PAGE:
Amsterdam is one of the most popular destinations in Europe thanks to its multicultural atmosphere and also the broader liberties allowed by Dutch laws.
The city is facing serious problems from tourists who often vandalize or exhibit anti-social behavior under the influence of alcohol or other substances. For this reason, municipal authorities have severely imposed fines and launched a campaign asking foreign visitors to "rethink it" before committing any disaster.
The campaign "Fun and Respect", in cooperation with local police and health structures, warns tourists about the strict fines on any anti-social behavior in the city of Amsterdam. Umbilication in public places is punished with direct fines of EUR 140 while public anti-social behavior due to drunkenness will now cost criminals 95 euros!
New visitors from Britain and Denmark
According to city authorities, most of the problems are usually caused by young tourists from Britain and Denmark aged 18-34 who adopt excessive behavior. Local police officers have already been supplied with special machines for the on-site delivery of a fine to offenders after identifying their details. "It's a bold move towards excessive behavior," says Amsterdam Marketing CEO Franz van der Avert.
"Are you throwing trash? 140 euro on the street, in the bucket for free »
"Many campaigns that simply ban things just do not work. Visitors are welcome but should treat our city and its inhabitants with respect ". For designing ads, the authorities acted collectively as they consulted psychologists, police officers, tour operators, and residents.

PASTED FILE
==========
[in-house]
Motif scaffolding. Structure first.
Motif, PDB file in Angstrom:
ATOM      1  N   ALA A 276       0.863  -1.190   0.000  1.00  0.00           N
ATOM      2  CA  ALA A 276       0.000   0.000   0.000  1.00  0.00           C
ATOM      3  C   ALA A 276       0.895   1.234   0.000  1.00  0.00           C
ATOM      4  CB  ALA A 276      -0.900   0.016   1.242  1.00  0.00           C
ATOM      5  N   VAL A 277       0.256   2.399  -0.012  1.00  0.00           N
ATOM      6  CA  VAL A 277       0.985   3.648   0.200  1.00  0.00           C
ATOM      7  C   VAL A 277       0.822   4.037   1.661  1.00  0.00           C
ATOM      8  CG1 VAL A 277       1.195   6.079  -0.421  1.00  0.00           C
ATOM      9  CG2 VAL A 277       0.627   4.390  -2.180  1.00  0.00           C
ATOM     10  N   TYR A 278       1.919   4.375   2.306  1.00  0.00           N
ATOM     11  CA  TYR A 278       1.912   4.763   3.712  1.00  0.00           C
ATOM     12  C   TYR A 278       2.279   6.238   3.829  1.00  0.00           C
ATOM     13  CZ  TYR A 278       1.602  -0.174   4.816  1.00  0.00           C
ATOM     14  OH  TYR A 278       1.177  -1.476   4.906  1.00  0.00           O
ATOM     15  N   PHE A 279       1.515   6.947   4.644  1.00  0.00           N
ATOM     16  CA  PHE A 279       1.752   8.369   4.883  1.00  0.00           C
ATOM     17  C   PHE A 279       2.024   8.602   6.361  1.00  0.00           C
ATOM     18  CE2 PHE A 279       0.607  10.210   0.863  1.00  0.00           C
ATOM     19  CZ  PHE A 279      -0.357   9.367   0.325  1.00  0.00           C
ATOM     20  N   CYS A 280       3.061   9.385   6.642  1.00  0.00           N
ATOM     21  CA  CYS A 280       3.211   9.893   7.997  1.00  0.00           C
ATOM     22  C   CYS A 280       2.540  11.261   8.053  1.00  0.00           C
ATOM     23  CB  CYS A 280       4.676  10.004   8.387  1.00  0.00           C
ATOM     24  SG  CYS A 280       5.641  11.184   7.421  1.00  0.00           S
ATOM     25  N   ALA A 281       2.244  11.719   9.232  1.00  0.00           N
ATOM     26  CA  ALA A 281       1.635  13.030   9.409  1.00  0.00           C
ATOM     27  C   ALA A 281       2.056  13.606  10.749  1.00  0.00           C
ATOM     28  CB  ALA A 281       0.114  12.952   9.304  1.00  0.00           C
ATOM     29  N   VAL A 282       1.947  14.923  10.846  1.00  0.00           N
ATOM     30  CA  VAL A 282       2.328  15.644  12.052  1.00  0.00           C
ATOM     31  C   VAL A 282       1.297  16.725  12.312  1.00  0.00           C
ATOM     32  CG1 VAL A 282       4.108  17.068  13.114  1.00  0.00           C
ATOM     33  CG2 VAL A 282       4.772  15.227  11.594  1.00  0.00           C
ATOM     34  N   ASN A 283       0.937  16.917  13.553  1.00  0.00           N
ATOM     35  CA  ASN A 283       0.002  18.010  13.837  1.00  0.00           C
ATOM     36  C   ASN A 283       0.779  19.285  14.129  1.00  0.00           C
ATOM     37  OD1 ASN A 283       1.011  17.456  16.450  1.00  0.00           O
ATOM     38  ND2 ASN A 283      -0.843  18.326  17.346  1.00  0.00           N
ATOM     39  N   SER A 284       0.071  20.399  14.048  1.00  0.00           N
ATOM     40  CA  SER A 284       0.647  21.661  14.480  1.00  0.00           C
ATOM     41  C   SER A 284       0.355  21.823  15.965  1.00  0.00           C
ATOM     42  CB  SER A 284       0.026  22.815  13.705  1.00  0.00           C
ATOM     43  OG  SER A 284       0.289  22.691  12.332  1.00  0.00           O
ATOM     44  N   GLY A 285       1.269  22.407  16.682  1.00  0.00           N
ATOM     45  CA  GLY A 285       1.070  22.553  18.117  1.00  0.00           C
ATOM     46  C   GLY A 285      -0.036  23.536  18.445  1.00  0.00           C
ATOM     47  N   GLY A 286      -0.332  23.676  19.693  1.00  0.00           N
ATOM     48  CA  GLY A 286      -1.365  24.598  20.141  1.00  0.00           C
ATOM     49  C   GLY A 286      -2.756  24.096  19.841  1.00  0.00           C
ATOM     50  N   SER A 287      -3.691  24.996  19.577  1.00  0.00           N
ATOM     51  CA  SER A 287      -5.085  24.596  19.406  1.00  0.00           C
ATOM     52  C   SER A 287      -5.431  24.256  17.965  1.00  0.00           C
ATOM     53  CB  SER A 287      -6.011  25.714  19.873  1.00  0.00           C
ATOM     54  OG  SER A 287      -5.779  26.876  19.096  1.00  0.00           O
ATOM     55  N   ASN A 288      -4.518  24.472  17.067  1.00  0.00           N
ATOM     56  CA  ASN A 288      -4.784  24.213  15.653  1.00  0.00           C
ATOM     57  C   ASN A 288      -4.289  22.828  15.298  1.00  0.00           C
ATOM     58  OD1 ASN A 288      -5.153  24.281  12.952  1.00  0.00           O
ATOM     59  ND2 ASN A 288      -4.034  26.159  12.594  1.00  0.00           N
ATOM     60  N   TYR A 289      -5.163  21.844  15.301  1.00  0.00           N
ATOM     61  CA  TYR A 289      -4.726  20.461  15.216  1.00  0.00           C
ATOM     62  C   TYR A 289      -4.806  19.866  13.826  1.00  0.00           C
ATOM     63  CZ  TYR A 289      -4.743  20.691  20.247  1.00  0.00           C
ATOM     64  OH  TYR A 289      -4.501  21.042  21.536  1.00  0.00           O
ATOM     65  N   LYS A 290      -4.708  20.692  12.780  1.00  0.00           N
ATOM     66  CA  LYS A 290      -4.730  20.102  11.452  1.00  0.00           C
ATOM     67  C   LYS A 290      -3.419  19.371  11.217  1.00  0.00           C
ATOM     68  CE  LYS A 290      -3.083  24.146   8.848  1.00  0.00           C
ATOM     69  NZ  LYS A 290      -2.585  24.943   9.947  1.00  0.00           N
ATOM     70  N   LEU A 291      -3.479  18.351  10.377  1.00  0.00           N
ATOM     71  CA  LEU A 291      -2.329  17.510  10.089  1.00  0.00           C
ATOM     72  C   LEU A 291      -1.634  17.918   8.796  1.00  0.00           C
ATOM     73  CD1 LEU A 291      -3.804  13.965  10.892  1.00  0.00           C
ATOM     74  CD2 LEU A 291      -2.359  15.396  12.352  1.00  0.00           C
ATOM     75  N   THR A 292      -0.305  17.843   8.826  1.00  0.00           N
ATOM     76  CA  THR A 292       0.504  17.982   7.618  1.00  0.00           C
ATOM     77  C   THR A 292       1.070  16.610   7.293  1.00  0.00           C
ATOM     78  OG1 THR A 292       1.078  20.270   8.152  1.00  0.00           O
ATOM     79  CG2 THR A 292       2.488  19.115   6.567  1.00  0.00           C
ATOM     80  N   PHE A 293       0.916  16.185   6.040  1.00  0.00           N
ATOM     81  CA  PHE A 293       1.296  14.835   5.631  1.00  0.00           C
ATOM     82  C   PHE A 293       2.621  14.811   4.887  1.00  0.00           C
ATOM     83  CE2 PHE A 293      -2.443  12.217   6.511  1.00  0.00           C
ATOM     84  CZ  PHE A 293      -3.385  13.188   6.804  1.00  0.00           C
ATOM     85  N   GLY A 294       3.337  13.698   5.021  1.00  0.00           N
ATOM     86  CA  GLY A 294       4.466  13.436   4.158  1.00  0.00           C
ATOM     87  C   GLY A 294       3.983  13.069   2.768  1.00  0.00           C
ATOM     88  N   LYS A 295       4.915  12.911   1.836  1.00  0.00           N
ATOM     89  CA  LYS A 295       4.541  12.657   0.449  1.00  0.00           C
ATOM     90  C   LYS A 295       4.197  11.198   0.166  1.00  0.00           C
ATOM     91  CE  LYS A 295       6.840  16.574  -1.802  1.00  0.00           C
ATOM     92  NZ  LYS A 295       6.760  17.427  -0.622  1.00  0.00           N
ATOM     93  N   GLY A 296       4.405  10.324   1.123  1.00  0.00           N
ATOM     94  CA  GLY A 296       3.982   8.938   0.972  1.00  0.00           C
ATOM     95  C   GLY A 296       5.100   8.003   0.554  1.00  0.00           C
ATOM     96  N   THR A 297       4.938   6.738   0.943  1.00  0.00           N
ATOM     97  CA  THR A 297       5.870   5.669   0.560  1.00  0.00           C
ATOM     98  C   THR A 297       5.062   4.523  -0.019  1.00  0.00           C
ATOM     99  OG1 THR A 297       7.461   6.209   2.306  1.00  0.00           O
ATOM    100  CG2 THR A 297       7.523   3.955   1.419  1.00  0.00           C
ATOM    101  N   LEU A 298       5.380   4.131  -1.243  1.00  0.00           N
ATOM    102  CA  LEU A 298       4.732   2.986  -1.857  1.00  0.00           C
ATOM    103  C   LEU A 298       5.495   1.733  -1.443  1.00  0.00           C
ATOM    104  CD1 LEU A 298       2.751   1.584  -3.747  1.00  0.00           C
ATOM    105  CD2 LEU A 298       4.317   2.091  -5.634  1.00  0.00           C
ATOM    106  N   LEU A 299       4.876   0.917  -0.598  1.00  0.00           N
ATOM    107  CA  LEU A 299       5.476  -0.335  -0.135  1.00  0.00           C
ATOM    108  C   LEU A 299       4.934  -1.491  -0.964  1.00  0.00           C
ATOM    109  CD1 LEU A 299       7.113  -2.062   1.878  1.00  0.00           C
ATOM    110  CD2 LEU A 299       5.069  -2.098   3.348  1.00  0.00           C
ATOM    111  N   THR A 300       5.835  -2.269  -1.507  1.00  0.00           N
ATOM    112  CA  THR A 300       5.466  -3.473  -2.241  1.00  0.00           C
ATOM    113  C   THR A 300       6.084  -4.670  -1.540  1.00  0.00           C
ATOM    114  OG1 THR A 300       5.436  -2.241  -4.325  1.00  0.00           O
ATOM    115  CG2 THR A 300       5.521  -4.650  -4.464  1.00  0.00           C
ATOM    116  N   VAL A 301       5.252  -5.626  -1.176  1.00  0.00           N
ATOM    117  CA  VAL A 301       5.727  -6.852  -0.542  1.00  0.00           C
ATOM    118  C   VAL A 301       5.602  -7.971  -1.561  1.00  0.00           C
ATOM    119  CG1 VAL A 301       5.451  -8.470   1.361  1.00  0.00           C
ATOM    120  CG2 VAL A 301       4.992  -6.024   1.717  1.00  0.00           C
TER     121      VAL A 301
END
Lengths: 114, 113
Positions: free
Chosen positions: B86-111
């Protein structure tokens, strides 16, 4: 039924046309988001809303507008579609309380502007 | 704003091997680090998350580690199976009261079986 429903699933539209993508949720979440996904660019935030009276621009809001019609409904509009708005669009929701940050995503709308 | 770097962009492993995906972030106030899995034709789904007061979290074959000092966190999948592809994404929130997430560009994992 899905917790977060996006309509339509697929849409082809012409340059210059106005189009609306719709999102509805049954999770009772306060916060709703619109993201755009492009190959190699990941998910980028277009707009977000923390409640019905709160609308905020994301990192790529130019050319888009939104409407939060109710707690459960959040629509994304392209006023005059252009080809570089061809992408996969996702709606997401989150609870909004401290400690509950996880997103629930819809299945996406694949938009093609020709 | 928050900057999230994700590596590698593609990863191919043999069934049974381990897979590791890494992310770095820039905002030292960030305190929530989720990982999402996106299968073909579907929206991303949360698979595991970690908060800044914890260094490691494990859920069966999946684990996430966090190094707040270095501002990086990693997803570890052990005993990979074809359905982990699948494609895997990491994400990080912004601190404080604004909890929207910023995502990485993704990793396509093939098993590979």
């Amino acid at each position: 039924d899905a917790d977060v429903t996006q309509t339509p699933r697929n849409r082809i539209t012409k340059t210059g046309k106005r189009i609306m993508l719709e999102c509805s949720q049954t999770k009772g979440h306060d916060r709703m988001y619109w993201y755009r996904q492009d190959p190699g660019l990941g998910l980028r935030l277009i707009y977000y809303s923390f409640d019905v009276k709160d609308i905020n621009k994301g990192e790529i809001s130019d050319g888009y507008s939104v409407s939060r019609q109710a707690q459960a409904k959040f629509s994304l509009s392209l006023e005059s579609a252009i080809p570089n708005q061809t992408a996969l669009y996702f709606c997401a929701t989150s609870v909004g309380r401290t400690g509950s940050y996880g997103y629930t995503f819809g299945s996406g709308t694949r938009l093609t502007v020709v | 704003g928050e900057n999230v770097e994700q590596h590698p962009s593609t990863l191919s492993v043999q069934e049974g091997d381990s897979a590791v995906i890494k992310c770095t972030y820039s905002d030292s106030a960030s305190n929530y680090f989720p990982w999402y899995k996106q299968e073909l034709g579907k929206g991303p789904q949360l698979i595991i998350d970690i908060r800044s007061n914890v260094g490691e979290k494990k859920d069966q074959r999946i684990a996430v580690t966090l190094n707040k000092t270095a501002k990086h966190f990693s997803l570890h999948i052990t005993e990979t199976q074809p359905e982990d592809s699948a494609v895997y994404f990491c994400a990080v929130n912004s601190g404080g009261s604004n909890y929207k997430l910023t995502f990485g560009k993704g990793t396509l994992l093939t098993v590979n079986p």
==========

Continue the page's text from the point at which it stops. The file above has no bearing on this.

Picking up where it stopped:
Mobile Alerts through SMS
The six-month advertising campaign, costing 225,000 euros, includes electronic listings, as well as forecasting and airport posters. But perhaps the most pioneering feature of all is targeted messages to smartphones of all users entering bulk tourists' points and "red bands" recorded by most vandalism.
Through GPS, an automated system that does not threaten sensitive user data, sends anonymous, warning messages to visitors approaching the Red Light District area, the Central Station and the streets with most nightclubs.
A "strict restrictions package" to be applied
Fines are not the only move of the authorities. Two weeks ago, the new municipal authorities announced a series of stringent measures to protect the city. In this context, Airbnb was forbidden in various areas of the city, several cruise ships were diverted from the port and many tourist coaches were trafficked out of Amsterdam's roads so that the city did not end up as a "Disney theme park", as said by the municipal authorities.
At the same time, the increase in tourism taxes to 7% is expected to bring about $ 105 million a year to be used to boost policing on the streets of the city. "Yes, you can look at the ladies in the" Red Light District "and buy sex. You can smoke a joint cigarette and drink alcohol. But please be quiet and do not leave your garbage back or hang around in the middle of the road, "says Pim Evers of the Hospitality Association.
However, there are also many who fear that the fines and the campaign are not enough. Stephen Hoods, the founder of the independent think tank Amsterdam in Progress, thinks that only by limiting the numbers of tourists and flights will something really change. Last year the average stay time for tourists increased by 13%. "It's a city where freedom is important and we have to accept some degree of annoyance, but the situation is out of control," Houdows says. "Tourists are too many and we need to take drastic measures otherwise we will end up being a" ghetto of consumption "rather than a city where people live."